Two other methods are available and easily accessible: the Temperature Variation (TV) method and the Solvent Addition (SA) method, in which respectively the temperature of the suspension and the composition of the suspension are gradually changed until all crystals are dissolved. The point in the concentration-temperature diagram at which the suspension turns into a clear solution is called the clear point. A clear point temperature can be determined using the TV method. Figure 1b shows the principle of a Temperature Variation (TV) measurement, in which crystals in a suspension dissolve upon heating. At a specific temperature, the clear point temperature, crystals are not detected anymore. The SA method can be used to determine a clear point composition at a constant temperature. Figure 1c shows the principle of a Solvent Addition (SA) measurement,[i] in which the crystals in a suspension are dissolved upon dilution.

Figure 1 Three different methods of determining the solubility of a compound from a suspension with composition

The clear point can be assumed to be equal to the solubility if the heating or addition rate is chosen sufficiently small.[ii] Compared to the equilibrium concentration method, these dynamic methods are beneficial since they are much less labour intensive, much faster and have less risk of human error due to fewer required operations (no sampling or filtration). Apart from the heating or addition rate and the accuracy of the clear point determination, the error in the solubility measurements depends on the chemical system. For example, if crowning occurs, i.e. crystallization on the wall of the measurement vessel above the liquid level, the measured solubility deviates from the actual value, since part of the solid phase is not dissolved.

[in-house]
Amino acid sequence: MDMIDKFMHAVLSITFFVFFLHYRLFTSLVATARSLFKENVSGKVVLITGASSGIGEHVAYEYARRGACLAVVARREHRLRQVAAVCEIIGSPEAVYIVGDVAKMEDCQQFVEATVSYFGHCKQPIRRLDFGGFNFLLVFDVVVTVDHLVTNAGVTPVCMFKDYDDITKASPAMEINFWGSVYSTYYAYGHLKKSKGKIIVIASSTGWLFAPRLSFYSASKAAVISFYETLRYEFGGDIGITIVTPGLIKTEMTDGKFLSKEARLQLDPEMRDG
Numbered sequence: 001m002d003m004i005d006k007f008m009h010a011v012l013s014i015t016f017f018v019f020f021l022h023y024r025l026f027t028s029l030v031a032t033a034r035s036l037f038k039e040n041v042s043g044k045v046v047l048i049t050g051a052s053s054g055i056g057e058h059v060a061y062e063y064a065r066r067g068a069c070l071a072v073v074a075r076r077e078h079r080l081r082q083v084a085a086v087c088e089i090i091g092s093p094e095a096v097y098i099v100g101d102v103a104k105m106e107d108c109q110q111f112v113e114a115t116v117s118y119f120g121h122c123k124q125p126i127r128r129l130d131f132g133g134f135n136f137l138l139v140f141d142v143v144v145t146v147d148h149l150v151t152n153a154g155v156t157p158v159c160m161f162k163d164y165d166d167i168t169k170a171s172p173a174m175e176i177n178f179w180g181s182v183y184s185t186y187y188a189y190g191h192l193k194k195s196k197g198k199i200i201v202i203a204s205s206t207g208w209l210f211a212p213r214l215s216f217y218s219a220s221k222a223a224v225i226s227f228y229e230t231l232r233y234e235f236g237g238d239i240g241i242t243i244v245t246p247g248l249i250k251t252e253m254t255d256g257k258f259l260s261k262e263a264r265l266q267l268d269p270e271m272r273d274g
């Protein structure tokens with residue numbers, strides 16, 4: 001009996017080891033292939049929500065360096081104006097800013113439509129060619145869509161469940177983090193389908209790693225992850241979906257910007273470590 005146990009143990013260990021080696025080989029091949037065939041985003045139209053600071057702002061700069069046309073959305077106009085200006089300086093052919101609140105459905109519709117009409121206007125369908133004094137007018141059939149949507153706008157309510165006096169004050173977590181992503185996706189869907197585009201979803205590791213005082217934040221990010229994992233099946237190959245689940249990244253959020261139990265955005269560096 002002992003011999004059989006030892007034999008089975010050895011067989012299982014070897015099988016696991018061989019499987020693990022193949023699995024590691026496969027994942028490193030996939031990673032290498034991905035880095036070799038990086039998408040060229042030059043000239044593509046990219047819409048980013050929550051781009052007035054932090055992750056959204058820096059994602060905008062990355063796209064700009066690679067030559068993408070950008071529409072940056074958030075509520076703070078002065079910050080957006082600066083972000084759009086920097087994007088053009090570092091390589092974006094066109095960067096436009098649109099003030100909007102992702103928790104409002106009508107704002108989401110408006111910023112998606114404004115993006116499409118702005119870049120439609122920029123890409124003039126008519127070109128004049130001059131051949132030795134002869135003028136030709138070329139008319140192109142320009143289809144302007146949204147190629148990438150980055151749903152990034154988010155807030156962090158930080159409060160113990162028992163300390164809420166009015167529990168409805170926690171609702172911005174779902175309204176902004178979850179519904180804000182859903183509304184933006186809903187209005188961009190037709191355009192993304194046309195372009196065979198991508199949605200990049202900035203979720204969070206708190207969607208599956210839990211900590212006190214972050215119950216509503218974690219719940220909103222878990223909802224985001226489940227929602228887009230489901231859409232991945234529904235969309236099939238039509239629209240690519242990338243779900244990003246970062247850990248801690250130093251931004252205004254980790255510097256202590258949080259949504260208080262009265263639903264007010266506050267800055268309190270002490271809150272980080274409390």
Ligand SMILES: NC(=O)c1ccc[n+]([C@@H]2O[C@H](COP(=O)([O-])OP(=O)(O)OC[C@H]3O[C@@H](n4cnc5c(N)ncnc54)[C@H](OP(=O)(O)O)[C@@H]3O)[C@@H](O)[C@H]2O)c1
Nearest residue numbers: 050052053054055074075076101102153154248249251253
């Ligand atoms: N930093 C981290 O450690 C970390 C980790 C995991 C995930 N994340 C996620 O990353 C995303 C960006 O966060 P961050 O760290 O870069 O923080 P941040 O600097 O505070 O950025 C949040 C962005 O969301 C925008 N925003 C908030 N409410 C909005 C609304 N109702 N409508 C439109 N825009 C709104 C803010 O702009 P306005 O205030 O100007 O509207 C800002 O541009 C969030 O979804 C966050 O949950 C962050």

Moreover, the Temperature Variation (TV) and the Solvent Addition (SA) methods showed to give reliable and reproducible data in short time for a considerable amount of systems and reflected in the high number of scientific articles published per year.

The TV method is the most suitable method for determining the temperature dependent solubility line of a compound in a solvent. Upon heating a suspension of known composition, the temperature at which all crystals are dissolved marks a point on the solubility line. After a recrystallization step through cooling, the measurement can be repeated. An additional benefit of these cyclic measurements is that during the cooling stage the temperature at which the first crystals reappear can be recorded as the cloud point. The collection of cloud points gives the metastable zone width (MSZW), which is used to determine the operation range of the process and indicates the tendency towards primary nucleation. With the Crystal16, one can perform 16 solubility measurements at 1 mL scale. Measuring multiple samples simultaneously gives a dataset of saturation temperatures at different concentrations that represent the solubility line.